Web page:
Intro from Pete: Guest reviewer George Harris is a 58 year-old runner from Manteca, CA. He’s been running for 36 years, most of that as a soldier in the US Army. His first pair of real running shoes was the 1978 Nike Waffle Trainer, which cost the outrageous price of $45.00. George currently runs 70-75 miles per week, many of those miles in Hoka One One shoes. Here he shares his thoughts on the newest Hoka shoe, the Rapa Nui Comp.
First off let me state that I am a fan of Hoka One One shoes and so is my wife. They have helped me conqueror my persistent left knee pain to a point where it no longer bothers me while running. Likewise, they have really helped my wife with her grumpy knees. They have also helped my legs in that they don’t feel trashed at the end of 70 plus mile weeks. I’ve run in every model they have (Bondi B, Bondi Speed, Evo Tarmac, Stinson Evo, and Mafate). The Bondi B and Bondi Speed seem to work the best for me.
Hoka is known for its big, super cushioned running shoes while other companies seem to be going to minimalism. Enter what could be called “racing Hokas” – the new shoes are the Rapa Nui Comp (trail version) and Kailua Comp (road version). Being a fan of Hoka shoes I had to acquire the Rapa Nui to see what this shoe was all about.
Hoka One One Rapa Nui Comp
The first thing one will notice about this shoe is that it is not as big or bulky looking as other Hoka shoes (see photo below comparing the Bondi Speed with Rapa Nui Comp).
Hopa Rapa Nui Comp (left) and Bondi B (right)
The upper is mesh with welded overlays. The tongue is made of a thin, suede-like material that is similar to the Tarmac but thinner and softer. Not sure how breathable this shoe will be but I had no issues in temps of 90-100 degrees (but it was a dry heat).
The midsole is blown EVA as in other Hoka shoes, but only 1.5x volume compared to 2x volume for other Hoka shoes. For example, my Bondi Speed has 35 mm of midsole in the rearfoot and 30 mm in the forefoot. The Rapa Nui has 26 mm in the rearfoot and 21 mm in the forefoot. With this reduced volume it comes as no surprise that the Rapa Nui weighs less as well. Some reviewers have noticed as much as an ounce in weight difference between full size Hoka shoes, like the Tarmac, and the Rapa Nui. My unscientific test showed about 0.75 oz less weight for the Rapa Nui versus my Bondi Speed (both size 11.5). The outsole has lugs that should (and did) handle single and double track trail terrain very well, although I did not test it in muddy conditions. The shoe comes with a 2mm OrthoLite non formed insole (not my favorite – I am looking for another insole to replace it) and speed laces.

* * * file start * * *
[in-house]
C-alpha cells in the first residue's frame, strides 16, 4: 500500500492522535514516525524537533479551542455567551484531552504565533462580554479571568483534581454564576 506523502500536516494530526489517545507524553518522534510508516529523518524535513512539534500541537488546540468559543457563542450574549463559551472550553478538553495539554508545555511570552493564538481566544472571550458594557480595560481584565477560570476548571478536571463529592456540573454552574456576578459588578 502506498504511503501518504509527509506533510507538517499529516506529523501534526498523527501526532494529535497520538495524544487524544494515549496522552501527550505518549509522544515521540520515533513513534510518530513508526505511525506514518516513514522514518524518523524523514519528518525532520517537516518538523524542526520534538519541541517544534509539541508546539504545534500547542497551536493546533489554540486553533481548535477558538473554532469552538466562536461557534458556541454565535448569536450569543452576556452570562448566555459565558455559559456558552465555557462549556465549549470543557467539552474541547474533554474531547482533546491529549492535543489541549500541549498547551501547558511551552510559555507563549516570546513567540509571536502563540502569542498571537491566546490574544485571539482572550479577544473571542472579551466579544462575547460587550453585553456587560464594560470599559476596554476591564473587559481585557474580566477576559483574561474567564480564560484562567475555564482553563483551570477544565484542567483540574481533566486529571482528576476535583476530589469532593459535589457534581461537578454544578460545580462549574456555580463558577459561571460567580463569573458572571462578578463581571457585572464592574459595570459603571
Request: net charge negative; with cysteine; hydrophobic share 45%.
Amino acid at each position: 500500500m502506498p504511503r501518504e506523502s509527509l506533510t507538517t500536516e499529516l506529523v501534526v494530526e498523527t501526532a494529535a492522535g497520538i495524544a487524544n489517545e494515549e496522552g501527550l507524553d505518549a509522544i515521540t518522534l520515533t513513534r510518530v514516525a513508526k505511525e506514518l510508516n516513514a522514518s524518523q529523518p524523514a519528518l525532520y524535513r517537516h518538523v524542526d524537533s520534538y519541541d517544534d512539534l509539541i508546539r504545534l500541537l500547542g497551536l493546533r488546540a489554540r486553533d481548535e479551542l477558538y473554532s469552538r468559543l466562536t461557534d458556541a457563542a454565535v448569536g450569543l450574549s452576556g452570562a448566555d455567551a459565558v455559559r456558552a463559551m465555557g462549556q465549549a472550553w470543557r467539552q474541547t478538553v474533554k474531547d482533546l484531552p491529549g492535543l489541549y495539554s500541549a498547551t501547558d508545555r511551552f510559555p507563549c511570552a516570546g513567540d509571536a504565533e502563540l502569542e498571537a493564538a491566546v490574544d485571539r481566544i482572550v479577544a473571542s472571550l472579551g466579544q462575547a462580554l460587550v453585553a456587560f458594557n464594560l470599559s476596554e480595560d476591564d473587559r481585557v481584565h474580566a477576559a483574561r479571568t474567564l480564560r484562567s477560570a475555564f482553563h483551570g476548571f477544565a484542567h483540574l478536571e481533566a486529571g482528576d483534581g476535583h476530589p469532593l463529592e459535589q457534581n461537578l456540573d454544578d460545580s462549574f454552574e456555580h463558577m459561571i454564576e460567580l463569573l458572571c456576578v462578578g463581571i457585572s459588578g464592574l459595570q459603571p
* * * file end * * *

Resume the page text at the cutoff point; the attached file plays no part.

I ordered a size 11.5 since that size fits me perfectly in every other Hoka I have worn. Wearing thin Drymax socks the shoe fits fine. If I had thicker socks I probably would have opted for a size 12. The shoe is a bit narrower than the other Hoka shoes both in the forefoot and rearfoot areas. This is a “racing Hoka” after all. The shoe had ample room in the toebox area, however, not as much as my Bondi. The midsole extends up and around the upper to create what Hoka calls their “bucket seat” for the foot. I had no slippage issues in the heel area on this shoe.
The speed laces that come with the Rapa Nui are up to the task of securing my foot (I have not liked them in the past – for example I cut them off my Tarmacs and replaced them with regular laces; however they work fine with my Bondi Speeds). Unlike other Hoka shoes with speed laces there are no regular laces supplied with this shoe (I think that needs to change). The depth of the shoe will take an orthotic (it handled mine very well and left more than enough room in the shoe).
I have taken six runs with this shoe on a mix of trails and road (35 miles total). While the shoe is still well cushioned (it is Hoka after all), it does not have that plush feel of my Bondi Speeds. The midsole feels firmer than the Bondi but in my opinion it has better cushioning than the adidas Energy Boost shoe. One must remember that this shoe is billed as a performance shoe and has 9mm less cushioning than the Bondi.
The forefoot is flexible, more like a normal running shoe. In fact, the shoe is overall far more flexible than other Hoka shoes, but the rocker effect, while less pronounced, is still there and does allow one to get “on their midfoot” a bit more. Running at faster speeds the shoe feels great. It does work well on the road unlike some trail shoes that can be a bit harsh. So this is a great “door to trail” shoe.
Running uphill was a breeze compared to my Bondi Speeds. Coming downhill the cushioning was adequate to handle that portion well and protect my knees. On the trail it handled rocks and branches just like the Bondi – no issues even though there is no rock plate (the Bondi is like a tank on the trail while the Rapa Nui is more of a half track). I was concerned about how stable this shoe would be given that it does not have the wider profile of other Hoka shoes. I can report that it was very stable and I had no issues.
I like this shoe very much as it combines the things I like about the Hoka shoes in a more slimmed-down package: cushioning, stability, protection for my knees. So this shoe has a little less of the “Hoka cloud” sensation but with more flexibility, less weight, and a performance oriented feel. I think it is a real winner…now if they would only add those regular laces.